The Grace of Group Therapy: Embracing A Life Without “Tea-Shade Glasses”

Some time ago, my life brought me to a point of humility, which made me realize I needed help. Through the help of my home 12-step group and therapist, I sought out an inpatient rehab facility. My 35 days in Tennessee not only provided me with the healing that I needed, but it rocked my world. The way that I view humans and relationships was changed forever. I wish to share one story of a person who helped shape my experience there.

Meeting TJ

My time spent at “The Ranch” exposed me to a wide range a personalities and backgrounds. As you can imagine, for a group of individuals receiving intensive care for drug and sex addiction, alcoholism, rage, trauma, depression, bipolar disorder, and everything else in between, there aren’t too many personalities that you forget. However, some of them stood out more to me than others. TJ was one of them. If John Lennon and “Lady Gaga” had conceived a child, I’m convinced that TJ would’ve been their creation. From what I could observe, TJ was an incredibly talented individual who lived an unapologetically bohemian lifestyle.

He was a musician by trade, but it appeared that he was blessed with other gifts in the creative arena. He could be seen walking around the facility with a top hat, nose, and ear piercings, John Lennon styled “tea shade” glasses, tattoos up and down his paper thin body, a mustache, and long, frazzled bleached blonde hair. To his close compadres, he preferred to be called either “Sex Dragon” or “Moon Lion.” He smoked at least a pack of cigarettes a day and during break times, he could be seen whipping out his guitar to rip off a new, dangerous lick. 

He was no slouch either—he said that his band played at a venue on par with the Grand Ole Opry. He made friends quickly and made pompous remarks about the world around him often. Despite facility rules, there wasn’t a girl on campus with whom TJ could resist flirting. For all his charades of character, when TJ spoke seriously, everyone quieted down and listened, especially when he spoke of his spiritual insights. It’s almost as if everyone knew that his gregarious attire and larger-than-life personality were just a front for a rather intense soul.

When the Masks Come Off

One of the most moving moments during my time spent at “The Ranch” was in a group therapy session. For whatever reason, about an hour into the session, TJ had begun to develop a personal conversation with the counselor, as the rest of us listened attentively. The conversation had moved from half-hearted interest to a level of seriousness.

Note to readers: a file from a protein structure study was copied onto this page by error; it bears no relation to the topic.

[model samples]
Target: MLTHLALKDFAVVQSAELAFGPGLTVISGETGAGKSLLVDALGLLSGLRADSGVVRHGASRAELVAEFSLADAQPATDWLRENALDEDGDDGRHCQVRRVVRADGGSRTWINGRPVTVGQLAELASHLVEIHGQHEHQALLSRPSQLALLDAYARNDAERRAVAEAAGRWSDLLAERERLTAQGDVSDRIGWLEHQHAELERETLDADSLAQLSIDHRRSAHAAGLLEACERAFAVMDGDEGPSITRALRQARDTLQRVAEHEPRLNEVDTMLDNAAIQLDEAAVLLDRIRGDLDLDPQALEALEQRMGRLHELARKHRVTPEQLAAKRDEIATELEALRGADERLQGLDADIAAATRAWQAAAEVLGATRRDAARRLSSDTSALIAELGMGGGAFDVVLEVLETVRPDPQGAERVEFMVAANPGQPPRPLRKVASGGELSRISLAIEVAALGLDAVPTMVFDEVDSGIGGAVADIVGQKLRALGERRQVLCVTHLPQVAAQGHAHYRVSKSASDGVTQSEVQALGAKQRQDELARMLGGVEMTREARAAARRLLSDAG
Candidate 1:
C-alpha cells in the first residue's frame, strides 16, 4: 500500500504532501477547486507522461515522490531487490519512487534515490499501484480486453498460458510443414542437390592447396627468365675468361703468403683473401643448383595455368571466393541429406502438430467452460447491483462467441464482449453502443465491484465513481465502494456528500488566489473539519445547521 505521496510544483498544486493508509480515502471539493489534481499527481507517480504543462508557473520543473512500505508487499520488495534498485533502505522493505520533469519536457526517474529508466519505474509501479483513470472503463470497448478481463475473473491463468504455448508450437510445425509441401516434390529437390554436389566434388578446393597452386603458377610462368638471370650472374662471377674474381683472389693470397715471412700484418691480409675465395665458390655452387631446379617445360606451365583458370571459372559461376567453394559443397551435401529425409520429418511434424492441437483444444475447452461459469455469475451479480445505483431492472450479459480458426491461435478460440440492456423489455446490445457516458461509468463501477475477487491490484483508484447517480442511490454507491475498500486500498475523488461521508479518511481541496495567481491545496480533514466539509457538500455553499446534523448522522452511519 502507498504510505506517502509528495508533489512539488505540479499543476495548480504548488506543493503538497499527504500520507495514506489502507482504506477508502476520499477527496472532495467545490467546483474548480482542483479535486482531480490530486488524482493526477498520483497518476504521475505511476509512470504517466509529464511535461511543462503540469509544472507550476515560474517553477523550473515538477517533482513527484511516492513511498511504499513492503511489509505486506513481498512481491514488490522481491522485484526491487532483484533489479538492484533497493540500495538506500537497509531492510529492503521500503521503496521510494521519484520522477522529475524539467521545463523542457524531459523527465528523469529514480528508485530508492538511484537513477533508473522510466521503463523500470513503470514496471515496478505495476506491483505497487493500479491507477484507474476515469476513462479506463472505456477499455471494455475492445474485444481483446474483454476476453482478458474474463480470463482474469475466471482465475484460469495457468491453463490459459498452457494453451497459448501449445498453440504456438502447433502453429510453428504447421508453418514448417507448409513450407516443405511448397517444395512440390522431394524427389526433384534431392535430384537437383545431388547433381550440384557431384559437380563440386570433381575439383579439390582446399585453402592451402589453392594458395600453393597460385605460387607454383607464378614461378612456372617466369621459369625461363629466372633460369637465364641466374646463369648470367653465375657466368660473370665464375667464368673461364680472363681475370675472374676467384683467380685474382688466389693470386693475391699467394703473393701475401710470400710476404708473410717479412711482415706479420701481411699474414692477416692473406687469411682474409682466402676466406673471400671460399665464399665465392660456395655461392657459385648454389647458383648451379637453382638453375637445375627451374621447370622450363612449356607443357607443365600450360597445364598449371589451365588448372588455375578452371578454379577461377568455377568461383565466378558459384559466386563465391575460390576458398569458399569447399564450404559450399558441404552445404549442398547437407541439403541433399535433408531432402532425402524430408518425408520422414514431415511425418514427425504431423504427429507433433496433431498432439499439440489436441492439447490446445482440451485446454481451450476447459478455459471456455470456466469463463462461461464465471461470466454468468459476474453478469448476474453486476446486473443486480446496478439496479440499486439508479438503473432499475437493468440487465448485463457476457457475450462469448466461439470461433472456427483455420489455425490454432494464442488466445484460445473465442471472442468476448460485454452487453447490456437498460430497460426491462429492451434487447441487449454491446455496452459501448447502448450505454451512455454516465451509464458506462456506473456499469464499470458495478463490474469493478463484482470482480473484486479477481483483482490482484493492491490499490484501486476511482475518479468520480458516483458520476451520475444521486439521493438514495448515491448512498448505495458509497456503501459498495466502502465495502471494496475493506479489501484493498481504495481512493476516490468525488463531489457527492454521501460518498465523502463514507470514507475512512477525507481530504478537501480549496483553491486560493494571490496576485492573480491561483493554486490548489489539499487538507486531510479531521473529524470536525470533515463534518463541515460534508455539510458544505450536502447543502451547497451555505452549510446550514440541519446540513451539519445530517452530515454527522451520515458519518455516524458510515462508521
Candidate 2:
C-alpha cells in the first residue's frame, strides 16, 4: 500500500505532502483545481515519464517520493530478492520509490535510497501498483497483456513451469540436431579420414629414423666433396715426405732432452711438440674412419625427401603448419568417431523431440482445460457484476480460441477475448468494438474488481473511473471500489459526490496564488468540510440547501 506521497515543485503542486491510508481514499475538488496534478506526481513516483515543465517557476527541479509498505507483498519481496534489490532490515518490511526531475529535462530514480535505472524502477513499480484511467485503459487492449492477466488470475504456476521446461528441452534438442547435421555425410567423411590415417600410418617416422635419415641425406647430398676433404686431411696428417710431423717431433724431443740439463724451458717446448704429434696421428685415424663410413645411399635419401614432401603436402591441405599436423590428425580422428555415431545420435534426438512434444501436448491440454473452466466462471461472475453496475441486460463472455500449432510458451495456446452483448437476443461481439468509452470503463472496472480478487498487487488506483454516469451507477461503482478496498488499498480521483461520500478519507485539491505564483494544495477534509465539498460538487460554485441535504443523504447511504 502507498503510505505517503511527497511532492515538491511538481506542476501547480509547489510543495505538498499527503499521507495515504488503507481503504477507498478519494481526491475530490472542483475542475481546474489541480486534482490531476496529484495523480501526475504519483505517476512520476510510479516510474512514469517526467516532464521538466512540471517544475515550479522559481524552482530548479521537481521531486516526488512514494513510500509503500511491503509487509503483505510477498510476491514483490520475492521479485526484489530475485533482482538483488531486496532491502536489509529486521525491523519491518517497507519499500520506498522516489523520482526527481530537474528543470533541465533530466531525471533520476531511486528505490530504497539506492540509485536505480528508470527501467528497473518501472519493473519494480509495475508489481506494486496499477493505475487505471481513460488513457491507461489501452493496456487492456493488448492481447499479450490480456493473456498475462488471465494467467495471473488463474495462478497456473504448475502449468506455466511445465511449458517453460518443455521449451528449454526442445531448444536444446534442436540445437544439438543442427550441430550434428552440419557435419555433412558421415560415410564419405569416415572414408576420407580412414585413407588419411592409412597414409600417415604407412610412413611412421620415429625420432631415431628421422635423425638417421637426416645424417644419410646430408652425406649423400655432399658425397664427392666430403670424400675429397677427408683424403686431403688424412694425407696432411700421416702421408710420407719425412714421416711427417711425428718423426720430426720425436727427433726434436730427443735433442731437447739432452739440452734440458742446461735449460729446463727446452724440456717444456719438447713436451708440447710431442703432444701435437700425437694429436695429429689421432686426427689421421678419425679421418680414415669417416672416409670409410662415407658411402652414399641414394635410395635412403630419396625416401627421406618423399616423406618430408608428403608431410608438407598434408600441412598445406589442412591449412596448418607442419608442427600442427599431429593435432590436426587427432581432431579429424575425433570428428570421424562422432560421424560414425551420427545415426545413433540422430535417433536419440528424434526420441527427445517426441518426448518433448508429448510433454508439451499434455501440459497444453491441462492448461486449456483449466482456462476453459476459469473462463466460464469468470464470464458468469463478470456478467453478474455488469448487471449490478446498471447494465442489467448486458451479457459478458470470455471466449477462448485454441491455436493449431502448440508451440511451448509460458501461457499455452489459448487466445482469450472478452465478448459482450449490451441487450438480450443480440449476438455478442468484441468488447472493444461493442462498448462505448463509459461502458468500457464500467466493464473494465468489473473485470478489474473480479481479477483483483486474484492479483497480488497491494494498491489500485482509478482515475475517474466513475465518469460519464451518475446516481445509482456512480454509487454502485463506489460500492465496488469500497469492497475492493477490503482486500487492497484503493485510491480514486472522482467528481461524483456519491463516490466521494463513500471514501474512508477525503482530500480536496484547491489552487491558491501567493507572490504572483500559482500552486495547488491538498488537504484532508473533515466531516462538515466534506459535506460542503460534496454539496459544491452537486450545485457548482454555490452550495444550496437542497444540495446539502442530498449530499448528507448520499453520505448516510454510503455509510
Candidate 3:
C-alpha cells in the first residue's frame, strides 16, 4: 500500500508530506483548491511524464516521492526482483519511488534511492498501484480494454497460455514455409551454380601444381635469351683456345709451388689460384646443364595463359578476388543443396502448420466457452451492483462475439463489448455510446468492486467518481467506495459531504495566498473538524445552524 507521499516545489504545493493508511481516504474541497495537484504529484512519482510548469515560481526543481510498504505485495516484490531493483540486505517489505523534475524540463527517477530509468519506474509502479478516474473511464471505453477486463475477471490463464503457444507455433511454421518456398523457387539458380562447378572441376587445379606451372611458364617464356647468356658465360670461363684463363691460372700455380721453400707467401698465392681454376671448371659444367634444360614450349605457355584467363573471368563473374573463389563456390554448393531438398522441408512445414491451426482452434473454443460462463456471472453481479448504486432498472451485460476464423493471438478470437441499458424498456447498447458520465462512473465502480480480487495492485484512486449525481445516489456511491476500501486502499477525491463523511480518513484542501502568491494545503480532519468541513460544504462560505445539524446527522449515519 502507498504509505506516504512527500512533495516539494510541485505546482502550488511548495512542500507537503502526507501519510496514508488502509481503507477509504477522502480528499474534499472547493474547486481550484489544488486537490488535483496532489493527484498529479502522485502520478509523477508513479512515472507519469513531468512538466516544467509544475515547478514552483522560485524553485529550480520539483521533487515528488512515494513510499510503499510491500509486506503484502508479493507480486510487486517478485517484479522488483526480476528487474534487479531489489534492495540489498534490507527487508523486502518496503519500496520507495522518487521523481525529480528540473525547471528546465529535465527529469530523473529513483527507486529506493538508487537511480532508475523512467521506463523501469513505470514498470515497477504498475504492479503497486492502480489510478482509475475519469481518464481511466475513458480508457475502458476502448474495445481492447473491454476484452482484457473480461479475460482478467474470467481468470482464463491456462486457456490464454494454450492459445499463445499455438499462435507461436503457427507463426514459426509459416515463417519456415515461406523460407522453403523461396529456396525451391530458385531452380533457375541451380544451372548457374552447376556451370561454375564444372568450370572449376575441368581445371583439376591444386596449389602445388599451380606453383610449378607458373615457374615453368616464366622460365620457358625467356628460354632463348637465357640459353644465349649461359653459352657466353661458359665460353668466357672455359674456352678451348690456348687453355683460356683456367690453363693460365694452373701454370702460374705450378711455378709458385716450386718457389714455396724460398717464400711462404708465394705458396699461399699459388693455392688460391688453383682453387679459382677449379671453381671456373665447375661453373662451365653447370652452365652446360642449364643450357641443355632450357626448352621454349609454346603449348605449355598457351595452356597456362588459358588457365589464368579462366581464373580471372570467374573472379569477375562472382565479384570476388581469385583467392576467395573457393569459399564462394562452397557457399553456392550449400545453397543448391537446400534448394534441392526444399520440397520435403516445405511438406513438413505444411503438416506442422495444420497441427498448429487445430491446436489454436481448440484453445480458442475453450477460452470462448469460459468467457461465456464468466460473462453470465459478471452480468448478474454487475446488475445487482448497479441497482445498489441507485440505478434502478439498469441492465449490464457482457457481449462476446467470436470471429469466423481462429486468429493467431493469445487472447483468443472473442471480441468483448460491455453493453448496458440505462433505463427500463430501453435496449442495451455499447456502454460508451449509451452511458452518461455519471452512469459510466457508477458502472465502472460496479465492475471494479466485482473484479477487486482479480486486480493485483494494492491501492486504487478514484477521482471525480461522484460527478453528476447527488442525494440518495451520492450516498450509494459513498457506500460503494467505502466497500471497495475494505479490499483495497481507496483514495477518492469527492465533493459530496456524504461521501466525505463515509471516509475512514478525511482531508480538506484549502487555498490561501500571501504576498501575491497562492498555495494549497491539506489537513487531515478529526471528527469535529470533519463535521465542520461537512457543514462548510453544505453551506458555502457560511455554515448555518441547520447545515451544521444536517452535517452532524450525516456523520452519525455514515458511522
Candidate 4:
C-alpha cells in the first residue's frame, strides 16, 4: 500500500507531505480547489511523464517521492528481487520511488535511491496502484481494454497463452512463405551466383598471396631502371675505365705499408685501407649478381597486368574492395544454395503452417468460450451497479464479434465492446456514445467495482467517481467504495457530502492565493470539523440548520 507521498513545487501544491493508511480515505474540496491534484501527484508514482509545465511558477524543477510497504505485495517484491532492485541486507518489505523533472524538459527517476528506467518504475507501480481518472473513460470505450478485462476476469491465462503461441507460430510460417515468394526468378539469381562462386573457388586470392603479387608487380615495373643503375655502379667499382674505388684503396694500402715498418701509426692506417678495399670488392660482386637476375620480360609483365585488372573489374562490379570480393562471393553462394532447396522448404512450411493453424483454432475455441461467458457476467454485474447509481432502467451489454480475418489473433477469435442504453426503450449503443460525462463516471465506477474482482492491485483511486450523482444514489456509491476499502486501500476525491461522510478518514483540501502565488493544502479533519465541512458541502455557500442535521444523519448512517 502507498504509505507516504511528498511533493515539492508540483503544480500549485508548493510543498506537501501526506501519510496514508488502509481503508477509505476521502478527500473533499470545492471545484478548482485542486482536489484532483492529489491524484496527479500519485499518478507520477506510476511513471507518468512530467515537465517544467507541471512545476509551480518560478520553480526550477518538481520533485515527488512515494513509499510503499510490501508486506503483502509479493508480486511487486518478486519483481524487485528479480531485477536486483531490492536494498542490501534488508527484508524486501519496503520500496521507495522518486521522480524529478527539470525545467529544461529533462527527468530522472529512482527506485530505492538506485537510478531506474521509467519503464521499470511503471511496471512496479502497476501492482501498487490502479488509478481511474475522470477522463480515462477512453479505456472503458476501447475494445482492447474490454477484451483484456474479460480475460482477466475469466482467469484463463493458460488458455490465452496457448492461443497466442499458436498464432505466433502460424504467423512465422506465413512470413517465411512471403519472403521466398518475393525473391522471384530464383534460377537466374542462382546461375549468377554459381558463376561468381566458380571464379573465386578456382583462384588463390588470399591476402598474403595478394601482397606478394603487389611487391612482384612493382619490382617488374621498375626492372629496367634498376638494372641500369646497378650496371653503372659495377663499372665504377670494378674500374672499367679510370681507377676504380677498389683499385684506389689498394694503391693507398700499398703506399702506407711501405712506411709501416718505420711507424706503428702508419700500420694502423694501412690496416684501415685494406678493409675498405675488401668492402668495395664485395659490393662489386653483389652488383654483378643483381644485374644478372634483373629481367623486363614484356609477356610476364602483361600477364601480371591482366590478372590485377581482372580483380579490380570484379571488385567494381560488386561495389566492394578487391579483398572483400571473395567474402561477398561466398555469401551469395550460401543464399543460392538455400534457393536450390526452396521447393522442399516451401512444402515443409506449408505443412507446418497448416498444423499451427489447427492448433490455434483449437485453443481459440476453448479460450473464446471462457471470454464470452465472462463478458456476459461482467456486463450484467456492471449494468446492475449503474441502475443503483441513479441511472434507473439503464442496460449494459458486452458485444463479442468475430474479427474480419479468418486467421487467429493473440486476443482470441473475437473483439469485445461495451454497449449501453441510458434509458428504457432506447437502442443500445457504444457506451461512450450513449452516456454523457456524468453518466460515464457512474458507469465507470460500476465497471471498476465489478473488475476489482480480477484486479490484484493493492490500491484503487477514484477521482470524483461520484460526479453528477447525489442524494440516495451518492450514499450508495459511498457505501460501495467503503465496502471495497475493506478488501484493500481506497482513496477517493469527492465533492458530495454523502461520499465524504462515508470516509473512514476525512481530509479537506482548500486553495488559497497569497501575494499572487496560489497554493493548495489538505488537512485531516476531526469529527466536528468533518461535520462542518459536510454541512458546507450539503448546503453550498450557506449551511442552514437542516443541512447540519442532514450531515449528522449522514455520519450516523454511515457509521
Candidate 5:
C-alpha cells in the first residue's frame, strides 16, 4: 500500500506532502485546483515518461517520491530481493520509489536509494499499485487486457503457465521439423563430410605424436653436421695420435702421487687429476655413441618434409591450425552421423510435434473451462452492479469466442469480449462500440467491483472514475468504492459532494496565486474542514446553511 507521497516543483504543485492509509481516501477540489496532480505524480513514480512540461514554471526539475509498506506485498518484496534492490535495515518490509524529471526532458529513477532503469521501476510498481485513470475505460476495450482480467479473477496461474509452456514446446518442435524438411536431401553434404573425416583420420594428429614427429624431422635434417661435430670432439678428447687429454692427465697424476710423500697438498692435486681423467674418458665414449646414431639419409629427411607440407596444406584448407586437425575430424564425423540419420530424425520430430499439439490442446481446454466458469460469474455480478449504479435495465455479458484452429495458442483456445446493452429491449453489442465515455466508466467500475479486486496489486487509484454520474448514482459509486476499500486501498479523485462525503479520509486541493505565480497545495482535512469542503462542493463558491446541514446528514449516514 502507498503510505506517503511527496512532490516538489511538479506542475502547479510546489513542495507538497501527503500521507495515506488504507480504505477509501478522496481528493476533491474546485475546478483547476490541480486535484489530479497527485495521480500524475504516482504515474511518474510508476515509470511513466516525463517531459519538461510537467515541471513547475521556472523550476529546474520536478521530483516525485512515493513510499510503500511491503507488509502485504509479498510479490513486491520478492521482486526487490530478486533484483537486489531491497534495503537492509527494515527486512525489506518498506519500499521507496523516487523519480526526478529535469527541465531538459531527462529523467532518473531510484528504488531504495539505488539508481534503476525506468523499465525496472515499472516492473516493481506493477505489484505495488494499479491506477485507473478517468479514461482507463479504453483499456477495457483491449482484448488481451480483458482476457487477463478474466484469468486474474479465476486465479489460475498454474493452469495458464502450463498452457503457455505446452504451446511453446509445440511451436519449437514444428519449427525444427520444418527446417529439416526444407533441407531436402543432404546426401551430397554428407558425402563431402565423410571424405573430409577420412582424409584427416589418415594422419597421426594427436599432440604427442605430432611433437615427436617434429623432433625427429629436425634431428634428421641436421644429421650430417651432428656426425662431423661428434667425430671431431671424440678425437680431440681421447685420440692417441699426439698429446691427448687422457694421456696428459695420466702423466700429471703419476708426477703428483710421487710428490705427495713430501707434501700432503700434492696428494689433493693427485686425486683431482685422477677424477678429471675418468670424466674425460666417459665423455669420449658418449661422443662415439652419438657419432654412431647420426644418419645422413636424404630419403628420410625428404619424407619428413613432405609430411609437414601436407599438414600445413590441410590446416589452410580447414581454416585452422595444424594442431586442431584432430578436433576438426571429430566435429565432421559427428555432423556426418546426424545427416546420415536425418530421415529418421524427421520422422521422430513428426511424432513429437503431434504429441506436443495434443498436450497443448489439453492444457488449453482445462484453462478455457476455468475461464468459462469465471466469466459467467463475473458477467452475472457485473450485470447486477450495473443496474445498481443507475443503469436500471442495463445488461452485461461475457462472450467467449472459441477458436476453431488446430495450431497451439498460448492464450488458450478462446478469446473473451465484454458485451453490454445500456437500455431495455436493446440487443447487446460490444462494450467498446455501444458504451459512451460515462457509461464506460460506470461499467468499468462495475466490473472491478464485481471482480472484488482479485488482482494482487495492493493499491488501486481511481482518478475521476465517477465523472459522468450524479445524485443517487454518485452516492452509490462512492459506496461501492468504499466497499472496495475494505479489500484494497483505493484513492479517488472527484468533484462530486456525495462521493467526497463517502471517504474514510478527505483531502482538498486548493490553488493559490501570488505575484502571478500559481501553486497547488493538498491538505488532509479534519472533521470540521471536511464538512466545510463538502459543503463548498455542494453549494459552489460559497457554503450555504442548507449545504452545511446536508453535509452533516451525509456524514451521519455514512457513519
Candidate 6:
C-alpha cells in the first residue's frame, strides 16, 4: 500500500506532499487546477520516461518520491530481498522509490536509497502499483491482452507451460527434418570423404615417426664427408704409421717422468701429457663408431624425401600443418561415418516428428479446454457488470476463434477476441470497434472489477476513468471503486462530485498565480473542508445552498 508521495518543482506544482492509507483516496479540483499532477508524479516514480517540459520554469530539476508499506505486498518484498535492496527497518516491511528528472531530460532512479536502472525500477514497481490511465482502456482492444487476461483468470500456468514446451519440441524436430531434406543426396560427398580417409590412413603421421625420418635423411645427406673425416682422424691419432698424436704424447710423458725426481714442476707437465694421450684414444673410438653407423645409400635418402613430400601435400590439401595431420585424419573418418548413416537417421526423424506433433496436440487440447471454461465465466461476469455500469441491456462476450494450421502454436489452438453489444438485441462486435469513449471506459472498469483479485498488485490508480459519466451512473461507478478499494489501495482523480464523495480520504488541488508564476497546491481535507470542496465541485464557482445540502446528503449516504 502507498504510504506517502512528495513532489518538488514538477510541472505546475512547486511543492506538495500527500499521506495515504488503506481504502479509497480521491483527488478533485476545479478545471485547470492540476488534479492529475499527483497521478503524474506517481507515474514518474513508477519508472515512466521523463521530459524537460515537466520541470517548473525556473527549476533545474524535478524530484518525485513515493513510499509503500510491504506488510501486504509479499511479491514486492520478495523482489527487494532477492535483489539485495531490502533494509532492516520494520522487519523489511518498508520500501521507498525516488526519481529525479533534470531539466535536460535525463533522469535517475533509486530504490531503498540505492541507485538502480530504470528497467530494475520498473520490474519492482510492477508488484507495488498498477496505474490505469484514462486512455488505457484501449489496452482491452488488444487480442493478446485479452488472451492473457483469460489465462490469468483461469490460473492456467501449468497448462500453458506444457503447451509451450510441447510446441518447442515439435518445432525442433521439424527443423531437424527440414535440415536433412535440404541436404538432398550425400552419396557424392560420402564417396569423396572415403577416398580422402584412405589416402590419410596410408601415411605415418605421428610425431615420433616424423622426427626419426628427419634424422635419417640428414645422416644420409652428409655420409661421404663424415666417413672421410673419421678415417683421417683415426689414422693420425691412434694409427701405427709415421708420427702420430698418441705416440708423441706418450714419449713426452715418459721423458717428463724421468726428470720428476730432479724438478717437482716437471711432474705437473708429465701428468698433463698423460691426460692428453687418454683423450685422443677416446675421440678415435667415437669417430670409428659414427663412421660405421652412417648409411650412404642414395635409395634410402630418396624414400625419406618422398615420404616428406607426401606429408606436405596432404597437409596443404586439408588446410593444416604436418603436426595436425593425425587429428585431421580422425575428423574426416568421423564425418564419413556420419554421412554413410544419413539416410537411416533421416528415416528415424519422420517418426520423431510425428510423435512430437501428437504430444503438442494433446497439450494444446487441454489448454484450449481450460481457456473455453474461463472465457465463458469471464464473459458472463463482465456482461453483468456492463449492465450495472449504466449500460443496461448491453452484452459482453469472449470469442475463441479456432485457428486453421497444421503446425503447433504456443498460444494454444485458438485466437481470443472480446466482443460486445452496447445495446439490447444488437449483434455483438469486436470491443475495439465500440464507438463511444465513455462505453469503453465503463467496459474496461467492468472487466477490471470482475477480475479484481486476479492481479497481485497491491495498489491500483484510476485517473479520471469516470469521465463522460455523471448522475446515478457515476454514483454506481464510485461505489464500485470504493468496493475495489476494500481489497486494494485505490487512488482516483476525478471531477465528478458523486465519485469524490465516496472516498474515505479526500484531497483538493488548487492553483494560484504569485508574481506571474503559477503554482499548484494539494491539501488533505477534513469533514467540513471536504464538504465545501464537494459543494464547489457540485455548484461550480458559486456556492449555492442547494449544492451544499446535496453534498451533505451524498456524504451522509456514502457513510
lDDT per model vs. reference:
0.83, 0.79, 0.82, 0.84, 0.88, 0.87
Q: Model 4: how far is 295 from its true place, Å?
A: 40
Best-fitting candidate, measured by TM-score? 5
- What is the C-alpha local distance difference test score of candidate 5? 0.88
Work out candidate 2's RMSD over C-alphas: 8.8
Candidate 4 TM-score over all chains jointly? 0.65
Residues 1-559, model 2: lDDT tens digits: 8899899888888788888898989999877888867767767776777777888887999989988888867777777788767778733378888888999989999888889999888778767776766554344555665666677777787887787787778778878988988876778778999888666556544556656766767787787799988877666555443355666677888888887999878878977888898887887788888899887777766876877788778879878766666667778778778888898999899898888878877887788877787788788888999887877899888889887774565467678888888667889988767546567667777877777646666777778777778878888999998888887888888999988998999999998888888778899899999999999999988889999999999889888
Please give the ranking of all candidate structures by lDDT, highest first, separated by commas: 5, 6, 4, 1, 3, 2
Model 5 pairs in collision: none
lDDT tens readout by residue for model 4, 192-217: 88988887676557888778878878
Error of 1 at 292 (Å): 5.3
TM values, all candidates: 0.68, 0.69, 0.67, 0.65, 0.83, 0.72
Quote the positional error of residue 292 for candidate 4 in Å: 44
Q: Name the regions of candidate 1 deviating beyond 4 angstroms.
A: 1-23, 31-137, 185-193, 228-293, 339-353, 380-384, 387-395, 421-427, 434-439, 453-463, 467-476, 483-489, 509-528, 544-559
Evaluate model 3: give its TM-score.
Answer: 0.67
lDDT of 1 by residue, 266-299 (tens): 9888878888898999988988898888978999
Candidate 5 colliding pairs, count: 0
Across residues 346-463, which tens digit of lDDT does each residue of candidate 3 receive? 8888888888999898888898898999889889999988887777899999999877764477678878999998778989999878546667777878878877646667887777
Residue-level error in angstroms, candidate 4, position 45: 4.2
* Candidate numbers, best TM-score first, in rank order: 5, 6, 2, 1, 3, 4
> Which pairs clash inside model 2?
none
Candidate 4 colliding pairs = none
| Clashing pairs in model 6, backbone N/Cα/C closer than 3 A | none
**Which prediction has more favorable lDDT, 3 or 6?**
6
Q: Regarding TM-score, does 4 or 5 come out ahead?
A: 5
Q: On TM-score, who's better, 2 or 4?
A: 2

Almost sounding rehearsed, TJ started to unveil the trauma driving his drug and alcohol addictions: being abandoned by his father at a young age, his mother’s circuit of abusive boyfriends, and witnessing a murder on the street as a youngster. He had begun to weep. I could feel the pain in the air. 

Perhaps, other personalities may have been able to stomach these traumatic events better than TJ. Great musicians and artists might be able to reach the heights of human expression, but it comes at a cost. They encounter life at a higher pitch than most—and there is no human mechanism that can sift out the good from the bad. Still, I could see something beautiful through the sadness.

There was a certain intensity between the counselor and TJ, and the rest of us could feel it. He was going to be discharged soon, and this would be his last group meeting. I sensed that the counselor took this as an opportune moment to “go for the kill”—to call a “spade a spade.” TJ was closed off from the world of opportunity for a short while, and this setting demanded a sense of seriousness from him. 

The counselor remarked, “TJ, you hide your face from everyone through your ridiculous outfit. I want you to show everyone who you really are.”

“I’m afraid to,” he replied.

“But deep down, you want to be known.” In my internal audio track, the band the Goo Goo Dolls’ song “Name” began playing.

Begrudgingly, he started out by taking off his top hat. Uncomfortably, he threw the hat down and put his hands up in the air. “Is that enough?” He asked.

“Now take off your glasses,” she requested.

The counselor had to jeer each accessory off of him. As if his sunglasses were made out of lead, he labored to remove them as well. Next, he took off his bandana, which was around his neck. And then his various bracelets and rings on his hands and arms. He had done it. He was on everyone else’s level. But to him, he felt like he was naked.